Tuesday, May 13, 2014
Doom:Vs - "Earthless"
Sweden is not the first place that comes to mind when I think of doom, but Johan Ericson from Draconian proves to be a one man machine, impressively proving as adept at tracking drums as he is capturing some of these chilling guitars. I have a ravenous hunger for more funeral doom and it doesn't come out with the regularity I would like, but the albums are always meticulously crafted so they normally prove to be worth the wait.
The title track that opens the album is paced like a Mournful Congregation song, butt he vocals are more forceful and the song gets to moving at a more aggressive pace than the Mournful Congregates do. There is an Evoken like beauty to the sailing beginning of "A Quietly Forming Collapse". The low gurgled vocals are just like I want them from this sort of thing, they are broken up by spoken passages. After a time the spoken parts remind me of Paradise Lost.
The deliberate pacing is a slow droning rumble, it doesn't linger over the snare as crawlingly as some, the songs retain a sense of movement and break down into beautiful atmospheric sections that do not cost the overcast clouds that cloak the music. If there was going to be a single , I suppose it would be "White Coffins" as it adheres closer to a metal format than some of the sprawling tapestries of sonic gloom on this album. The vocals are accented in a way that sounds like the growls are keeping time rather than just bile churning.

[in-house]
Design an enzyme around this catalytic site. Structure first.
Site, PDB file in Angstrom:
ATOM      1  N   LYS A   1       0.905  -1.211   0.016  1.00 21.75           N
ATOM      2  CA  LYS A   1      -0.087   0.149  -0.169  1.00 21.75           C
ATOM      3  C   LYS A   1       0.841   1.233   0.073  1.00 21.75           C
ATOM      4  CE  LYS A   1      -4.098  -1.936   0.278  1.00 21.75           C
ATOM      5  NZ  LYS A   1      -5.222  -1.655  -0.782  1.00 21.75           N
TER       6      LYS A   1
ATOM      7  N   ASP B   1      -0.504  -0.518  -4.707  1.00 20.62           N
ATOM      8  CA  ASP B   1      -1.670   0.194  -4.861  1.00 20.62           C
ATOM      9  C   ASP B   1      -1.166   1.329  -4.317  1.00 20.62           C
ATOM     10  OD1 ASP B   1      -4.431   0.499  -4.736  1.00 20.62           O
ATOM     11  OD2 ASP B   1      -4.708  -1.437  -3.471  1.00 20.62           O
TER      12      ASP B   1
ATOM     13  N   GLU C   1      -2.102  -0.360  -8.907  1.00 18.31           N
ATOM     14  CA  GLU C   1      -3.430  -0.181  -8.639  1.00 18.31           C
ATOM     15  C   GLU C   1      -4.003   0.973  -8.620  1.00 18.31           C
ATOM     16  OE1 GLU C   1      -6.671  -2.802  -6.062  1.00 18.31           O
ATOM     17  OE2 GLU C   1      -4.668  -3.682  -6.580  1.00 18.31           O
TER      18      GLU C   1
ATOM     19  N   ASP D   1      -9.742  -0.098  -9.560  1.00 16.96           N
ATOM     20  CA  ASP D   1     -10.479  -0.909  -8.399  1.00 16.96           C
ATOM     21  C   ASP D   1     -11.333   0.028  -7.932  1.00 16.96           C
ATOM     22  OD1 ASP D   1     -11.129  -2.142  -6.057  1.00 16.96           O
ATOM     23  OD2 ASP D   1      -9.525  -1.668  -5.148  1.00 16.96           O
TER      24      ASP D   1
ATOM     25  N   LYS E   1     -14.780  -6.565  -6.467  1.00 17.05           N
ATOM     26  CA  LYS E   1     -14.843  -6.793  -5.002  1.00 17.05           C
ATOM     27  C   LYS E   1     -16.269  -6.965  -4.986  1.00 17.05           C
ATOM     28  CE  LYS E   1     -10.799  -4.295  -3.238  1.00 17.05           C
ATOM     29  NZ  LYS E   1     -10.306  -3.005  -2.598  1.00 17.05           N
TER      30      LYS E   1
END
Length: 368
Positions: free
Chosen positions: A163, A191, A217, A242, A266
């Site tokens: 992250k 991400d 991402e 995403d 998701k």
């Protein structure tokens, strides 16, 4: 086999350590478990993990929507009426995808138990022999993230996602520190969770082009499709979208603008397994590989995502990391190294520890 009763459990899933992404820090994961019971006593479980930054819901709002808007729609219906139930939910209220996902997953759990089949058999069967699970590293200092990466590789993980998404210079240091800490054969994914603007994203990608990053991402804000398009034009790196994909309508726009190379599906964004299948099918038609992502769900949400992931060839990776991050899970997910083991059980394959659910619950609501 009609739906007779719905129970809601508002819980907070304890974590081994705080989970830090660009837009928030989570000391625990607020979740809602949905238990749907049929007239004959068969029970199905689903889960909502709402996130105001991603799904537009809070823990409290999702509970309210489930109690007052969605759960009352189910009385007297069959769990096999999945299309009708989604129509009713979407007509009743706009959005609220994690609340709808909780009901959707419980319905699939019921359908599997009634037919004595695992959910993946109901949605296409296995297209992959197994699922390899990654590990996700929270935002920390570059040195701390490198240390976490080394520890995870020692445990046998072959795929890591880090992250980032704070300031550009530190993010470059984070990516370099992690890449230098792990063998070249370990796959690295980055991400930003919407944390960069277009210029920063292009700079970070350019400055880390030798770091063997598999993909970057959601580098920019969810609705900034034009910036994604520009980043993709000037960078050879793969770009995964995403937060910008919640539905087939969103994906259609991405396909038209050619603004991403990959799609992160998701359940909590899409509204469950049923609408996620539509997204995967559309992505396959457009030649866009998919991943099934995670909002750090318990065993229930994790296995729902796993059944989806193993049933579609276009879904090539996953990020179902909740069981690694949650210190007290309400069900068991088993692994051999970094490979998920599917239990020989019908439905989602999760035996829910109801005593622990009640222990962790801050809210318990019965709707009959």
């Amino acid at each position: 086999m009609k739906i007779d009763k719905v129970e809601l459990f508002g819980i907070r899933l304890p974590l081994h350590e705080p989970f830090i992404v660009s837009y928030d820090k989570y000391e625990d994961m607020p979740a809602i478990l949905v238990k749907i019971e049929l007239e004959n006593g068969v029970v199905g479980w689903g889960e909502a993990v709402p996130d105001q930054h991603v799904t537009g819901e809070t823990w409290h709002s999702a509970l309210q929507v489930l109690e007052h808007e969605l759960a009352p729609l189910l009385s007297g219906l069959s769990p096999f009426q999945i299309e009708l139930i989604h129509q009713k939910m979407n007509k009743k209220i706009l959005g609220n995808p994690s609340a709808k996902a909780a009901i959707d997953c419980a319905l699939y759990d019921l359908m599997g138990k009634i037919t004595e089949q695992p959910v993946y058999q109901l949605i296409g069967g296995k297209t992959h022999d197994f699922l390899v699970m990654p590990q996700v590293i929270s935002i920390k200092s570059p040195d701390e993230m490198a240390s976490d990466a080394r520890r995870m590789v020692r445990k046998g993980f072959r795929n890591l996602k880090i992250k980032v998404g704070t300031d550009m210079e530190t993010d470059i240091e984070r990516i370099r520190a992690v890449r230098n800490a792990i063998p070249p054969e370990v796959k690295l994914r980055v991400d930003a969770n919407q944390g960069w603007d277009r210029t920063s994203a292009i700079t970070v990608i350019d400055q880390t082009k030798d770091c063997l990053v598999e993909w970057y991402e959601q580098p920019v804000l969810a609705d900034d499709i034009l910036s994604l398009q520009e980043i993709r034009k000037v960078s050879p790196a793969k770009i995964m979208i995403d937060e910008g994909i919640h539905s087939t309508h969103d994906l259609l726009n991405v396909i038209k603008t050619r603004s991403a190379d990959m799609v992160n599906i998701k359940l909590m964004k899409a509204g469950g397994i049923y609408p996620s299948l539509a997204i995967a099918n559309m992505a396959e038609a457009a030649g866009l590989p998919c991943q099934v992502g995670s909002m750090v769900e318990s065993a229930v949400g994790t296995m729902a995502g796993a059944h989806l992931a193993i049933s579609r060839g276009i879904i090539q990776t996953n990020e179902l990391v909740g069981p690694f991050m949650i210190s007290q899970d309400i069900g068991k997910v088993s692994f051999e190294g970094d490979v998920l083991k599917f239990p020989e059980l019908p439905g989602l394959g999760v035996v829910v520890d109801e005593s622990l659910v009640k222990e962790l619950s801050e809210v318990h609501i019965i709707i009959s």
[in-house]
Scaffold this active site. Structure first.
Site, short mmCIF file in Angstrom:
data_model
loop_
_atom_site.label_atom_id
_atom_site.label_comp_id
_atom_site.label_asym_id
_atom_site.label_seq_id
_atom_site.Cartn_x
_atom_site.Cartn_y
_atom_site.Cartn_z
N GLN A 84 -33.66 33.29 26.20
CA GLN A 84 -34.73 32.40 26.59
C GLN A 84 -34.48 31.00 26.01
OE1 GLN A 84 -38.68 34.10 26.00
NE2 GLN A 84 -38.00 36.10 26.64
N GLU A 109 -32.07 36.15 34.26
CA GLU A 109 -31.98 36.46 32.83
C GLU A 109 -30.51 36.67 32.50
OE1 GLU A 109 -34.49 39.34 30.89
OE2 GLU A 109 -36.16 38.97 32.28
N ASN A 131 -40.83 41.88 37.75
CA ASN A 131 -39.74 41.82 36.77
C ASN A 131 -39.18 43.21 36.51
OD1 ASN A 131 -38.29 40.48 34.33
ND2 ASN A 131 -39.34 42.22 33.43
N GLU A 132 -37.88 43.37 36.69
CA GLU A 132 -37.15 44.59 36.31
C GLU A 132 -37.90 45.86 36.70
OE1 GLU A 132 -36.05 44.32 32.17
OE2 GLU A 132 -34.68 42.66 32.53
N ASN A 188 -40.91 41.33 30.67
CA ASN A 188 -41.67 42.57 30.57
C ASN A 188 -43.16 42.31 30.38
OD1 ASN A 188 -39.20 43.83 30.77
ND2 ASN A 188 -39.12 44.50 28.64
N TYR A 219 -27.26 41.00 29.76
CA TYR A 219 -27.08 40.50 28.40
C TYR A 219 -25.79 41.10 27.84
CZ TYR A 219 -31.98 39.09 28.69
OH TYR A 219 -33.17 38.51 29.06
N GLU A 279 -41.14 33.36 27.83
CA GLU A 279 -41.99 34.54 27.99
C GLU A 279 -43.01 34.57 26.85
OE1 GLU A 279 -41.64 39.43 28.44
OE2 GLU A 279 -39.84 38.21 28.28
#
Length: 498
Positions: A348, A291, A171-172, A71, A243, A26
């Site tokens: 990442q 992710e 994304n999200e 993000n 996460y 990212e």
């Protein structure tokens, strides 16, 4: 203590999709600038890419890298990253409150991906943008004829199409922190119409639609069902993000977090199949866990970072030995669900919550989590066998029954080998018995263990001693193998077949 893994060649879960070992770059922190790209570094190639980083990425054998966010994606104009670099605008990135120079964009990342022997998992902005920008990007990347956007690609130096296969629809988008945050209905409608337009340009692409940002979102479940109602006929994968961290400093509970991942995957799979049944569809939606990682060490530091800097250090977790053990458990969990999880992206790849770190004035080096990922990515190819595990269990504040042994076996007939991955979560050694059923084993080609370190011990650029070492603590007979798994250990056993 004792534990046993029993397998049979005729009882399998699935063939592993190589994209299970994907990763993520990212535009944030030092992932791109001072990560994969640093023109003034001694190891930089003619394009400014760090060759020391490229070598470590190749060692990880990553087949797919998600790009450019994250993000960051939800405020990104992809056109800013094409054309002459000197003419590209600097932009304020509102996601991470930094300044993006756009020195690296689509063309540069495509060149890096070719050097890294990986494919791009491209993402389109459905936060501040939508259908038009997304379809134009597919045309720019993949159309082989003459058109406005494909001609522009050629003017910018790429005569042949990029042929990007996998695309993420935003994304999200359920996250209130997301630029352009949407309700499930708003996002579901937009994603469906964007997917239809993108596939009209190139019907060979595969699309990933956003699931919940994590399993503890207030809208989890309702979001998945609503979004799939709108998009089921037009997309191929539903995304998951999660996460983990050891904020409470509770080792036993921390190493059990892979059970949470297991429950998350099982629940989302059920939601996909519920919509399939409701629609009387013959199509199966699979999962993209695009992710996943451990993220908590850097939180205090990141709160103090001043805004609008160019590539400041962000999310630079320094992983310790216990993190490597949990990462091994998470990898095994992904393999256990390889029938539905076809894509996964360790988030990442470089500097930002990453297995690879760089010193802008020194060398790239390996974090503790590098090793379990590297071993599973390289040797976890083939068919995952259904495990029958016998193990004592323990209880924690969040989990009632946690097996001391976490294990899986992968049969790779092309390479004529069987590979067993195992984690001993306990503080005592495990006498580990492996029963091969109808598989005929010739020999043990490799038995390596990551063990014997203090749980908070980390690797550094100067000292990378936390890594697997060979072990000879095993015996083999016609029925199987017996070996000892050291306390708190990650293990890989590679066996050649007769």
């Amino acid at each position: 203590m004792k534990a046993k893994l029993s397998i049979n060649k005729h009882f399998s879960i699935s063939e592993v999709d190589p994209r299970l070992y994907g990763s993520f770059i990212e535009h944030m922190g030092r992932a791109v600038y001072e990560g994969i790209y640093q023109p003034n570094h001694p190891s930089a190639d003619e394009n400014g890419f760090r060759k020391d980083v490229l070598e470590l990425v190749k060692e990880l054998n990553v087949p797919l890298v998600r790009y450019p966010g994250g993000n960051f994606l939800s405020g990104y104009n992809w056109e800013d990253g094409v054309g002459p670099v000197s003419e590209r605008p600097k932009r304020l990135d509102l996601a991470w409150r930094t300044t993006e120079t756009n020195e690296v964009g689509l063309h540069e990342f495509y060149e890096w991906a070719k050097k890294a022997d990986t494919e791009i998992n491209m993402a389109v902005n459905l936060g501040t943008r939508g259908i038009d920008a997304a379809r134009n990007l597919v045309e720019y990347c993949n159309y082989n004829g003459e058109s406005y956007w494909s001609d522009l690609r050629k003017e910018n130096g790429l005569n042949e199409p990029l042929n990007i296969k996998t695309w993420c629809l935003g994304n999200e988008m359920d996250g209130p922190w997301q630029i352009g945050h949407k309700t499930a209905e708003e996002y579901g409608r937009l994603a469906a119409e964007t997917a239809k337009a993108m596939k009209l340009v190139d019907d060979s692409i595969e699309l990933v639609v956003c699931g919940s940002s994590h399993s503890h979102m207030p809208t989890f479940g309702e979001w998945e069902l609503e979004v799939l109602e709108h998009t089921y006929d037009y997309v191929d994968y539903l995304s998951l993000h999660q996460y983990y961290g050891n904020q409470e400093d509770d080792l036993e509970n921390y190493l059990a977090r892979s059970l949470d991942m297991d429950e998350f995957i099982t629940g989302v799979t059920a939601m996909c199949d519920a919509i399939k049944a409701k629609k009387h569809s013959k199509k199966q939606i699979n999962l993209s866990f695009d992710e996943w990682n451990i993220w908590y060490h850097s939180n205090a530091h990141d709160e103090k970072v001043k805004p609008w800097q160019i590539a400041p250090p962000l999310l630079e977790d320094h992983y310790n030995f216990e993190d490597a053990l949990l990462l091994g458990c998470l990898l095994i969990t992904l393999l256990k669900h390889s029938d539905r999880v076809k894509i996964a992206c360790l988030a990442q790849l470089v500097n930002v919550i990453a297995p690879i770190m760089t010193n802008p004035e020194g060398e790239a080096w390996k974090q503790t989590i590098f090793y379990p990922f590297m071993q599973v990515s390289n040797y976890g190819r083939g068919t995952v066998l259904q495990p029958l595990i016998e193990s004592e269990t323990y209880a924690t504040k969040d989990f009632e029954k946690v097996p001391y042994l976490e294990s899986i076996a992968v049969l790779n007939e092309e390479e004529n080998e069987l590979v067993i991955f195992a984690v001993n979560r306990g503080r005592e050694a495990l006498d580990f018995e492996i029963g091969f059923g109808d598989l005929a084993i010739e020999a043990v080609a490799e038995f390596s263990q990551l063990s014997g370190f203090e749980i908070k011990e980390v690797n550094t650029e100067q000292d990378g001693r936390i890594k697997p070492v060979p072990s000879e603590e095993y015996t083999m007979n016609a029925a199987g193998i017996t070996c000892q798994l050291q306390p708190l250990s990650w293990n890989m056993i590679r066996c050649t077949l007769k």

This album is heavy as fuck but also trance inducing, I can just put it on and let it float away with me. There is almost a more shoegaze or post rock element to some of the guitar that twinkles in the background of "the Dead Swan of the Woods" , though the song it's self is metal splendor. The guitar melodies are pretty catchy, which in some ways is a Swedish trademark, though they are not being played here in fast layered harmonies like a methed out Iron Maiden like At the Gates, but in the same manner a David Gilmore solo sits with you.
"Oceans of Despair" floats out carrying on a similar cadence as the previous song until the clean vocals lift it up and hand the song over to the grunts of a more Celtic Frost like passage . The break down is pretty dramatic here, but the clean vocals smooth it out and make sense of things. the album closes with "the Slow Ascent' that has a tense guitar lead in that brings the song into the gray area between being depressive black metal and funeral doom,with the vocals the main element that makes the distinction . The tremolo picked guitar wells up out of a very delicate break down and further questions how distant of a cousin are the two sub genres.
Its an easy decision to give this album a ten , it sounds great and is well written what more do you want, if you like funeral doom or looking for an entry point into the genre this is a fine way to start.